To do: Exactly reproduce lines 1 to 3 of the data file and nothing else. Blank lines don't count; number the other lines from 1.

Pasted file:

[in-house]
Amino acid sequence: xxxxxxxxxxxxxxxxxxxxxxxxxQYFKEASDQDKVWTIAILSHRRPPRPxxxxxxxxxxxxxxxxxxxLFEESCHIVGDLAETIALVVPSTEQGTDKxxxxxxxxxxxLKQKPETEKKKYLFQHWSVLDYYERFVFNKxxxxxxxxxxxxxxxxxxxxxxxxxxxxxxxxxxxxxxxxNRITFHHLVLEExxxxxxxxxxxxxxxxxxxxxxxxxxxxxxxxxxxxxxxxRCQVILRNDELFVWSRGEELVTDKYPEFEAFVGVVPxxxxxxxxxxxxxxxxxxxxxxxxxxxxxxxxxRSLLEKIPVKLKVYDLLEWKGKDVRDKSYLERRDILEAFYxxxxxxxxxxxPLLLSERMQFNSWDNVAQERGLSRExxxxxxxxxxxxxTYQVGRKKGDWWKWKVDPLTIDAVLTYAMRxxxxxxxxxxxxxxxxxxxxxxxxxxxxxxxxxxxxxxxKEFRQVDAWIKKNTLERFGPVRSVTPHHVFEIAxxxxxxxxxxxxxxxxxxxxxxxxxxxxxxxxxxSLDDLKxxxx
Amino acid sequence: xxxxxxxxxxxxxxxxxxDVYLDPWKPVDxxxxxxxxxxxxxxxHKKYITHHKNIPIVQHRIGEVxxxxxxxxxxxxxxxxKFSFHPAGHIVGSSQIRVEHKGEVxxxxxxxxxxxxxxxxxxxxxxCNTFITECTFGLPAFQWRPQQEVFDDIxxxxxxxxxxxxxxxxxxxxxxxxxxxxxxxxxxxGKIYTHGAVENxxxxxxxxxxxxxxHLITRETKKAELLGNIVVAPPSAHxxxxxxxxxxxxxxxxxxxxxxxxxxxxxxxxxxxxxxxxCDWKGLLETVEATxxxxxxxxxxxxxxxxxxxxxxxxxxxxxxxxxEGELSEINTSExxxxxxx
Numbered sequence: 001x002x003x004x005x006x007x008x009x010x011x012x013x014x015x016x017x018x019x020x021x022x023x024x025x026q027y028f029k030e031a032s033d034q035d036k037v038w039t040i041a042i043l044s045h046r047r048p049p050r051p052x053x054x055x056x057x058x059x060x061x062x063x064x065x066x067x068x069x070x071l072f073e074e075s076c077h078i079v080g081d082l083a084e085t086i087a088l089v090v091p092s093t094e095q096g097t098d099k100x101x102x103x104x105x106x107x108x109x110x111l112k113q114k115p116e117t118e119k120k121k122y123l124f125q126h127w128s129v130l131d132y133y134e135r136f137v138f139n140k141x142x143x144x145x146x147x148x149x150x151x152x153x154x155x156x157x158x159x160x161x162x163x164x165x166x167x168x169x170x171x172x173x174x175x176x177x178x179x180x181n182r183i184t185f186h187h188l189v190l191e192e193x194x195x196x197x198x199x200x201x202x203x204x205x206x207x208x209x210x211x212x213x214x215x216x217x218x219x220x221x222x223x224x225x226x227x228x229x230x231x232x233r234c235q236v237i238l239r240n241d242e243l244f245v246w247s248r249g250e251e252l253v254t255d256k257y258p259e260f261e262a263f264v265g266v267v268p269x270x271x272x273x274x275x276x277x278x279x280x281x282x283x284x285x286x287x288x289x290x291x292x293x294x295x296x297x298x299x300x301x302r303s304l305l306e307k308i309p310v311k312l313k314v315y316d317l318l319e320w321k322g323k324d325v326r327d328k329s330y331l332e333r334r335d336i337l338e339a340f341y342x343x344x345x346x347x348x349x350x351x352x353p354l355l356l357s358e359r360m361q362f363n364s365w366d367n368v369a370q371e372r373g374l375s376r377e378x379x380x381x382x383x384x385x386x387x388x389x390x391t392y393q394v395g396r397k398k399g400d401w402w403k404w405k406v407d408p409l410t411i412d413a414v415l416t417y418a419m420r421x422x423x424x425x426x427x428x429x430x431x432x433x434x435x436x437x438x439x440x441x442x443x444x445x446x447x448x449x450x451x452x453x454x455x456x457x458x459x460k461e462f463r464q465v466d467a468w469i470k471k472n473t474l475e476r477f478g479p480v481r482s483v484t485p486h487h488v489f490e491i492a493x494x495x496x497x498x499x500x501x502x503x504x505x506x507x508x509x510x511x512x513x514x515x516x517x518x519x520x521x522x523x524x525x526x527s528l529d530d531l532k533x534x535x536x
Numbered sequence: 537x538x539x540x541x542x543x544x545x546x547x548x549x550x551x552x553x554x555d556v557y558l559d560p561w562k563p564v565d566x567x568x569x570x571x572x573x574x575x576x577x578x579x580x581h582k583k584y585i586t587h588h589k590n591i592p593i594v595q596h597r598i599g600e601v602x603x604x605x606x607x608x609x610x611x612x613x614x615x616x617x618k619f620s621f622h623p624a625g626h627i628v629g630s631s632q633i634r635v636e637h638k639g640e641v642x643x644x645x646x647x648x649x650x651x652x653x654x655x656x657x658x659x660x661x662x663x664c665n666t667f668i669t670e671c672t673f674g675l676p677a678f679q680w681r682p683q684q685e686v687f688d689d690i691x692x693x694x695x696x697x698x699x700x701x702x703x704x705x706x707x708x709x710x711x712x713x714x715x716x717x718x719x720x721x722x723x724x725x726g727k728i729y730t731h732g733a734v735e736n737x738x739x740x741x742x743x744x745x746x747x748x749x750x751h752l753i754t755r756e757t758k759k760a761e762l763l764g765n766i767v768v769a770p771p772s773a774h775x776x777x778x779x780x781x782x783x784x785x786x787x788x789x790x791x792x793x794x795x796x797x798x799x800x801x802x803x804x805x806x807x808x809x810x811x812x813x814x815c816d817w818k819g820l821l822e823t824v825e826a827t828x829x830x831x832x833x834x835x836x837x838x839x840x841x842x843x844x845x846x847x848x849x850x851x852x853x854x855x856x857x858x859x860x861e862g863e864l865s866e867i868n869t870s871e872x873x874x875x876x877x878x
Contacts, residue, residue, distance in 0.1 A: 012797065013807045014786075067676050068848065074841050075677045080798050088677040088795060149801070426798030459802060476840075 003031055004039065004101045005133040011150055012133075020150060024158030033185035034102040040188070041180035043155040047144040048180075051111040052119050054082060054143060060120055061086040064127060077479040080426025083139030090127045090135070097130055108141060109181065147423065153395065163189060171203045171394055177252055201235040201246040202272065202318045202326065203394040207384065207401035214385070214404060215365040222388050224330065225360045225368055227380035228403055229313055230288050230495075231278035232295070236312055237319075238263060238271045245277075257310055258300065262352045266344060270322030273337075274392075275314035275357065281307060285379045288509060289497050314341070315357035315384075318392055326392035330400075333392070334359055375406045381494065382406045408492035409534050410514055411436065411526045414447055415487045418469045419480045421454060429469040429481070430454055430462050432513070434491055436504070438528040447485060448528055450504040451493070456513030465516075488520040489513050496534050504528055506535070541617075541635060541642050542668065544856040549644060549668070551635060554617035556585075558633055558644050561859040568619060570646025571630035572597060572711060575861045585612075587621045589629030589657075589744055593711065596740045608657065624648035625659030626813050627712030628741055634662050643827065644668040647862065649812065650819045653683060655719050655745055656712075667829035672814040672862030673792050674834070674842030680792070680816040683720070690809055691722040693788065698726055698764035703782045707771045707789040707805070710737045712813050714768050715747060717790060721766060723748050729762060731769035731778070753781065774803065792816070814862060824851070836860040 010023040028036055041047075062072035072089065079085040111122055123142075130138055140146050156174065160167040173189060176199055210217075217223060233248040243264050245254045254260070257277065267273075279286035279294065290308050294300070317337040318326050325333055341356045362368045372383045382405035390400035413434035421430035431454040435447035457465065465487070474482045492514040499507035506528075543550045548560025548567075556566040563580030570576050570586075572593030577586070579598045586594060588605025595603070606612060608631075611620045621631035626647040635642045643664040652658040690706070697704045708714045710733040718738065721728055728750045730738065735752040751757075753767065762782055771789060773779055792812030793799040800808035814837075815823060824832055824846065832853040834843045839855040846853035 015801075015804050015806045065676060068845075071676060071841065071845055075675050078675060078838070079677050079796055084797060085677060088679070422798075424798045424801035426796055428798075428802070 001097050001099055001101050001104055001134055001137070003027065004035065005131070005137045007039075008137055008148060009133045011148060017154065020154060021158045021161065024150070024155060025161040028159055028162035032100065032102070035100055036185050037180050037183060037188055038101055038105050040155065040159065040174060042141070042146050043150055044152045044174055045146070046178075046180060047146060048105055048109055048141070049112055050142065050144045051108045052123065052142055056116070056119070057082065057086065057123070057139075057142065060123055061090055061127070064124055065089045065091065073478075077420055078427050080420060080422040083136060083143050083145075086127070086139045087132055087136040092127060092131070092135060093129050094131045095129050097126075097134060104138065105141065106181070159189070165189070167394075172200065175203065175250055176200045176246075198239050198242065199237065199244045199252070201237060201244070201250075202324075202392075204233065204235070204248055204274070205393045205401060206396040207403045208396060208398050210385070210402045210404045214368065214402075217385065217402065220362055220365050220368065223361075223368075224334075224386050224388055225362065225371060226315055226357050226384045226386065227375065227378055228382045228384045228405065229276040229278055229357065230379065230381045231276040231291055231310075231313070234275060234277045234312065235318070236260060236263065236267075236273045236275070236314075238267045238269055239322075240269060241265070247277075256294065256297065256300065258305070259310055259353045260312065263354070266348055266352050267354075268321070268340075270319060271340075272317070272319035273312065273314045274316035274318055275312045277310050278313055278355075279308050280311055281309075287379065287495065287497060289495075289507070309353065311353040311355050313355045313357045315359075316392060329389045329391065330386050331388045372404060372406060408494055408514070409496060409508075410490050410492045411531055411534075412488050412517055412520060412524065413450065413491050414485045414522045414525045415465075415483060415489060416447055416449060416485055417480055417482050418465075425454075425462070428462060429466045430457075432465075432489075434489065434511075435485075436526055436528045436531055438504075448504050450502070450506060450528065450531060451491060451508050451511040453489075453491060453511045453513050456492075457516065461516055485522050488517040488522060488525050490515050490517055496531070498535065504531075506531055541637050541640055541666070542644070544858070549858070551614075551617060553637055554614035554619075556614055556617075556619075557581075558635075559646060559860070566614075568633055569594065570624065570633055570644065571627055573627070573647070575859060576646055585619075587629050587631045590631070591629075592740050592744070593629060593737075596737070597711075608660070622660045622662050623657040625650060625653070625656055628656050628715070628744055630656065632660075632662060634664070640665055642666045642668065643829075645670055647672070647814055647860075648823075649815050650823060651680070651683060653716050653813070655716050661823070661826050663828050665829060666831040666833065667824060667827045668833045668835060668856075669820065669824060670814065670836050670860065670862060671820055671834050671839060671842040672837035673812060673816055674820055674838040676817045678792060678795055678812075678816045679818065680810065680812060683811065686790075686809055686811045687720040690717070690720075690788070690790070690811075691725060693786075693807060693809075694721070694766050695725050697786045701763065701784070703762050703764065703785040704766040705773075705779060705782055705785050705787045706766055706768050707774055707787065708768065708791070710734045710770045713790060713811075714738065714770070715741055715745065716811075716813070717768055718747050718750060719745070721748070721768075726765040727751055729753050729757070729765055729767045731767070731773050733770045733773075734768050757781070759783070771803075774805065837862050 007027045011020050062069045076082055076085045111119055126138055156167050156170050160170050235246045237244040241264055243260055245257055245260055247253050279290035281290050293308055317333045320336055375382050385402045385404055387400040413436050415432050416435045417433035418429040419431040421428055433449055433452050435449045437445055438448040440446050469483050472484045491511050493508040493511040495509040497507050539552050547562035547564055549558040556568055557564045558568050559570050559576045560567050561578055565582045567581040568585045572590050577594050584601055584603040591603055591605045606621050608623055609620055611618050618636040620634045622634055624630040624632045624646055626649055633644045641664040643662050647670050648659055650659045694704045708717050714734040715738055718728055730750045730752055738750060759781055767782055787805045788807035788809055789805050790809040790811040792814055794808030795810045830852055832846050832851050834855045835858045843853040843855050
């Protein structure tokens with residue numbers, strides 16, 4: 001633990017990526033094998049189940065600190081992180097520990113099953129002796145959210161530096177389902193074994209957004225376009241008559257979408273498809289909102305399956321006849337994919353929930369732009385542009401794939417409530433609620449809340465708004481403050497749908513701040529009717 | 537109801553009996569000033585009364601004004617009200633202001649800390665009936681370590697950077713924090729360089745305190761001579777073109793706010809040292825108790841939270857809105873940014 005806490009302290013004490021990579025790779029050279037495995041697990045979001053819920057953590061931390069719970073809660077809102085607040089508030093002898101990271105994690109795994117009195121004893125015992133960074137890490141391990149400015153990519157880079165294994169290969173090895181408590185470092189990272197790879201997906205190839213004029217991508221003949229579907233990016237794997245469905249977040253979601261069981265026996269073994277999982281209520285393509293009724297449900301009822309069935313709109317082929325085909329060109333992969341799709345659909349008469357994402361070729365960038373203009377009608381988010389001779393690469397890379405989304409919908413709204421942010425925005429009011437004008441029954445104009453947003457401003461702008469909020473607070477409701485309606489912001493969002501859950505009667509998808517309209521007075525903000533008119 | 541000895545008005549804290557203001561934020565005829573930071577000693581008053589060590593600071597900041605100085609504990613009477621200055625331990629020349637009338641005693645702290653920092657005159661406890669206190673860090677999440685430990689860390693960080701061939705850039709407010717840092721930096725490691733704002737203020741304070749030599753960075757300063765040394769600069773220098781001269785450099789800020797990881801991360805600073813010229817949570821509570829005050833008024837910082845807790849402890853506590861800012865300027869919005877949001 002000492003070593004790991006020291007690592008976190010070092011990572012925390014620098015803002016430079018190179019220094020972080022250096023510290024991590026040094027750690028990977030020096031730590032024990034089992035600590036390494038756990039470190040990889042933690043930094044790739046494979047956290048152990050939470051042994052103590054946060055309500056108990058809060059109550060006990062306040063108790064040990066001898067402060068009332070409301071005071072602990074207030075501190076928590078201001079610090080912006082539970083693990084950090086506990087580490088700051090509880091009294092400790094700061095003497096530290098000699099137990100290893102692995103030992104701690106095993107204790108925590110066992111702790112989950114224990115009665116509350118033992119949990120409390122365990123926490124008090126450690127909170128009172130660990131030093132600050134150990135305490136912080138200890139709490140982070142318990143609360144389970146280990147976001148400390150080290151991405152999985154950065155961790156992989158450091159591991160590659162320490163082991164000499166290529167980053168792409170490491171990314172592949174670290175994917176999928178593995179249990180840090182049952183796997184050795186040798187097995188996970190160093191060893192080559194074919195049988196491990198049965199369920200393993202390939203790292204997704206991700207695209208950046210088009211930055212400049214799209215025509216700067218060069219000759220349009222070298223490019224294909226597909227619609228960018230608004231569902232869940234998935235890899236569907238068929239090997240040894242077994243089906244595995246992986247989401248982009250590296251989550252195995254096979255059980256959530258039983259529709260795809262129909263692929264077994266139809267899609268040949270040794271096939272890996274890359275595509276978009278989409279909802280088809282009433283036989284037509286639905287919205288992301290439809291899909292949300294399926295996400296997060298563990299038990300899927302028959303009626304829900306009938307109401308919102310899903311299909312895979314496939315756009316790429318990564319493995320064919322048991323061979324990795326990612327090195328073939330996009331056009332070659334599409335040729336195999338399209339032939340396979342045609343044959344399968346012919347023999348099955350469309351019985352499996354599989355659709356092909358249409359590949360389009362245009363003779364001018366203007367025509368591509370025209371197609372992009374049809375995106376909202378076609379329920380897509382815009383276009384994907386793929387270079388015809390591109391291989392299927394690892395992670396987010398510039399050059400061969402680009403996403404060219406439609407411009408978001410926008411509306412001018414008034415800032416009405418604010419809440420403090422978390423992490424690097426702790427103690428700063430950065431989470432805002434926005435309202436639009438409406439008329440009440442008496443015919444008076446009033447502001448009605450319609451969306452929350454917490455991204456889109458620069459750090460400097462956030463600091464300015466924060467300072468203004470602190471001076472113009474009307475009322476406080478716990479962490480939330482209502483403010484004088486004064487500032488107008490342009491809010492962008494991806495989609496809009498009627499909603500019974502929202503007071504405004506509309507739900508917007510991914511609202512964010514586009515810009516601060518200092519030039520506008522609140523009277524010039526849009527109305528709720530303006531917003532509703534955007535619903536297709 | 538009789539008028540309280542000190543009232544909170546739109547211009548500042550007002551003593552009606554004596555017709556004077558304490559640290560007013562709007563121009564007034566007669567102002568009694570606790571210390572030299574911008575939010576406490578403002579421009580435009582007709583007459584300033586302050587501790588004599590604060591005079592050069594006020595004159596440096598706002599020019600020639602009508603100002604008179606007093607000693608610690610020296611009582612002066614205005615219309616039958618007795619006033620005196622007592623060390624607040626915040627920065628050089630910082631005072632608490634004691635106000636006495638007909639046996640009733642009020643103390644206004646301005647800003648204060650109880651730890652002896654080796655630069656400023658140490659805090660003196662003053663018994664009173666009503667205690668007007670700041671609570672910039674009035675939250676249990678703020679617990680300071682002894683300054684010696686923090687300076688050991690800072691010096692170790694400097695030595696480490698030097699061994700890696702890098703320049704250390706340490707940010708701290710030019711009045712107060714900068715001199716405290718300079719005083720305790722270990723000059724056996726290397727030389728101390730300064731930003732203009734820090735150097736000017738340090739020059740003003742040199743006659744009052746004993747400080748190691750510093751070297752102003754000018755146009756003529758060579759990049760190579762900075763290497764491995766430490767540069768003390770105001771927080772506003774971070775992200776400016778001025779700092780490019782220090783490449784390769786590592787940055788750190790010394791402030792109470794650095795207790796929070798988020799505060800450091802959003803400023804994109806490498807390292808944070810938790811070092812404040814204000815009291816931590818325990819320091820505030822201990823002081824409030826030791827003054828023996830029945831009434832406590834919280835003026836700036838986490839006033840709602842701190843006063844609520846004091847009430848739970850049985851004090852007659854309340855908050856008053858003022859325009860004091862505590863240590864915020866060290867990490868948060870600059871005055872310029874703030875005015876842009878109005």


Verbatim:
[in-house]
Amino acid sequence: xxxxxxxxxxxxxxxxxxxxxxxxxQYFKEASDQDKVWTIAILSHRRPPRPxxxxxxxxxxxxxxxxxxxLFEESCHIVGDLAETIALVVPSTEQGTDKxxxxxxxxxxxLKQKPETEKKKYLFQHWSVLDYYERFVFNKxxxxxxxxxxxxxxxxxxxxxxxxxxxxxxxxxxxxxxxxNRITFHHLVLEExxxxxxxxxxxxxxxxxxxxxxxxxxxxxxxxxxxxxxxxRCQVILRNDELFVWSRGEELVTDKYPEFEAFVGVVPxxxxxxxxxxxxxxxxxxxxxxxxxxxxxxxxxRSLLEKIPVKLKVYDLLEWKGKDVRDKSYLERRDILEAFYxxxxxxxxxxxPLLLSERMQFNSWDNVAQERGLSRExxxxxxxxxxxxxTYQVGRKKGDWWKWKVDPLTIDAVLTYAMRxxxxxxxxxxxxxxxxxxxxxxxxxxxxxxxxxxxxxxxKEFRQVDAWIKKNTLERFGPVRSVTPHHVFEIAxxxxxxxxxxxxxxxxxxxxxxxxxxxxxxxxxxSLDDLKxxxx
Amino acid sequence: xxxxxxxxxxxxxxxxxxDVYLDPWKPVDxxxxxxxxxxxxxxxHKKYITHHKNIPIVQHRIGEVxxxxxxxxxxxxxxxxKFSFHPAGHIVGSSQIRVEHKGEVxxxxxxxxxxxxxxxxxxxxxxCNTFITECTFGLPAFQWRPQQEVFDDIxxxxxxxxxxxxxxxxxxxxxxxxxxxxxxxxxxxGKIYTHGAVENxxxxxxxxxxxxxxHLITRETKKAELLGNIVVAPPSAHxxxxxxxxxxxxxxxxxxxxxxxxxxxxxxxxxxxxxxxxCDWKGLLETVEATxxxxxxxxxxxxxxxxxxxxxxxxxxxxxxxxxEGELSEINTSExxxxxxx